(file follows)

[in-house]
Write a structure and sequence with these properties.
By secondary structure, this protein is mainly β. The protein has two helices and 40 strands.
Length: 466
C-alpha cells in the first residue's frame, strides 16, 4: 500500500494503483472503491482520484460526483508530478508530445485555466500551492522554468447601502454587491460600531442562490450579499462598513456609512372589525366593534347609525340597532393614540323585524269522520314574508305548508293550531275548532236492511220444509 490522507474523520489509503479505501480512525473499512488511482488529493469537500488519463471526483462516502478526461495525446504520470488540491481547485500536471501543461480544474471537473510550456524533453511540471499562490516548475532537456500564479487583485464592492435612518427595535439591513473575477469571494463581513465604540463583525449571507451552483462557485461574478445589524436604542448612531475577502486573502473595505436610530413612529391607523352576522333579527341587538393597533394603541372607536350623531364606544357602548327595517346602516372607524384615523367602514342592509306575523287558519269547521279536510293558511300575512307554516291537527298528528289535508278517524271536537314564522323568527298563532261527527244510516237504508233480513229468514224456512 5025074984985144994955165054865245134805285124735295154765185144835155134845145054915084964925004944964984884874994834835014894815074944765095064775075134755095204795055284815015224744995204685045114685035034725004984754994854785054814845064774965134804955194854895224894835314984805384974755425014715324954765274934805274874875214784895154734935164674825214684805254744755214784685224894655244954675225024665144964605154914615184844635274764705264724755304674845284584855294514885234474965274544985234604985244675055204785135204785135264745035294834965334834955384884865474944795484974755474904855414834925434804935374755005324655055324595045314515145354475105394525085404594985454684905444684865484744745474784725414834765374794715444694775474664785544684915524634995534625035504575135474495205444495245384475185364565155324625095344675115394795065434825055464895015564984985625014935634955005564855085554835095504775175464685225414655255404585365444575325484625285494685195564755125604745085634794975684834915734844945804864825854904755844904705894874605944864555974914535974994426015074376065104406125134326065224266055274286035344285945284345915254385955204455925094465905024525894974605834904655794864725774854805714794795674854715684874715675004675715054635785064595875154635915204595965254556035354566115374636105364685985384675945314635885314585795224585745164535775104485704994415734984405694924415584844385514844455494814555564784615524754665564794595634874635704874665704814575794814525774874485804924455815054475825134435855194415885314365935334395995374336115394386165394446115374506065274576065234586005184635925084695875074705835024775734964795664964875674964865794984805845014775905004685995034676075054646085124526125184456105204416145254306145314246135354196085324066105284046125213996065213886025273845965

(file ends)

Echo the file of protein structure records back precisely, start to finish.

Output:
[in-house]
Write a structure and sequence with these properties.
By secondary structure, this protein is mainly β. The protein has two helices and 40 strands.
Length: 466
C-alpha cells in the first residue's frame, strides 16, 4: 500500500494503483472503491482520484460526483508530478508530445485555466500551492522554468447601502454587491460600531442562490450579499462598513456609512372589525366593534347609525340597532393614540323585524269522520314574508305548508293550531275548532236492511220444509 490522507474523520489509503479505501480512525473499512488511482488529493469537500488519463471526483462516502478526461495525446504520470488540491481547485500536471501543461480544474471537473510550456524533453511540471499562490516548475532537456500564479487583485464592492435612518427595535439591513473575477469571494463581513465604540463583525449571507451552483462557485461574478445589524436604542448612531475577502486573502473595505436610530413612529391607523352576522333579527341587538393597533394603541372607536350623531364606544357602548327595517346602516372607524384615523367602514342592509306575523287558519269547521279536510293558511300575512307554516291537527298528528289535508278517524271536537314564522323568527298563532261527527244510516237504508233480513229468514224456512 5025074984985144994955165054865245134805285124735295154765185144835155134845145054915084964925004944964984884874994834835014894815074944765095064775075134755095204795055284815015224744995204685045114685035034725004984754994854785054814845064774965134804955194854895224894835314984805384974755425014715324954765274934805274874875214784895154734935164674825214684805254744755214784685224894655244954675225024665144964605154914615184844635274764705264724755304674845284584855294514885234474965274544985234604985244675055204785135204785135264745035294834965334834955384884865474944795484974755474904855414834925434804935374755005324655055324595045314515145354475105394525085404594985454684905444684865484744745474784725414834765374794715444694775474664785544684915524634995534625035504575135474495205444495245384475185364565155324625095344675115394795065434825055464895015564984985625014935634955005564855085554835095504775175464685225414655255404585365444575325484625285494685195564755125604745085634794975684834915734844945804864825854904755844904705894874605944864555974914535974994426015074376065104406125134326065224266055274286035344285945284345915254385955204455925094465905024525894974605834904655794864725774854805714794795674854715684874715675004675715054635785064595875154635915204595965254556035354566115374636105364685985384675945314635885314585795224585745164535775104485704994415734984405694924415584844385514844455494814555564784615524754665564794595634874635704874665704814575794814525774874485804924455815054475825134435855194415885314365935334395995374336115394386165394446115374506065274576065234586005184635925084695875074705835024775734964795664964875674964865794984805845014775905004685995034676075054646085124526125184456105204416145254306145314246135354196085324066105284046125213996065213886025273845965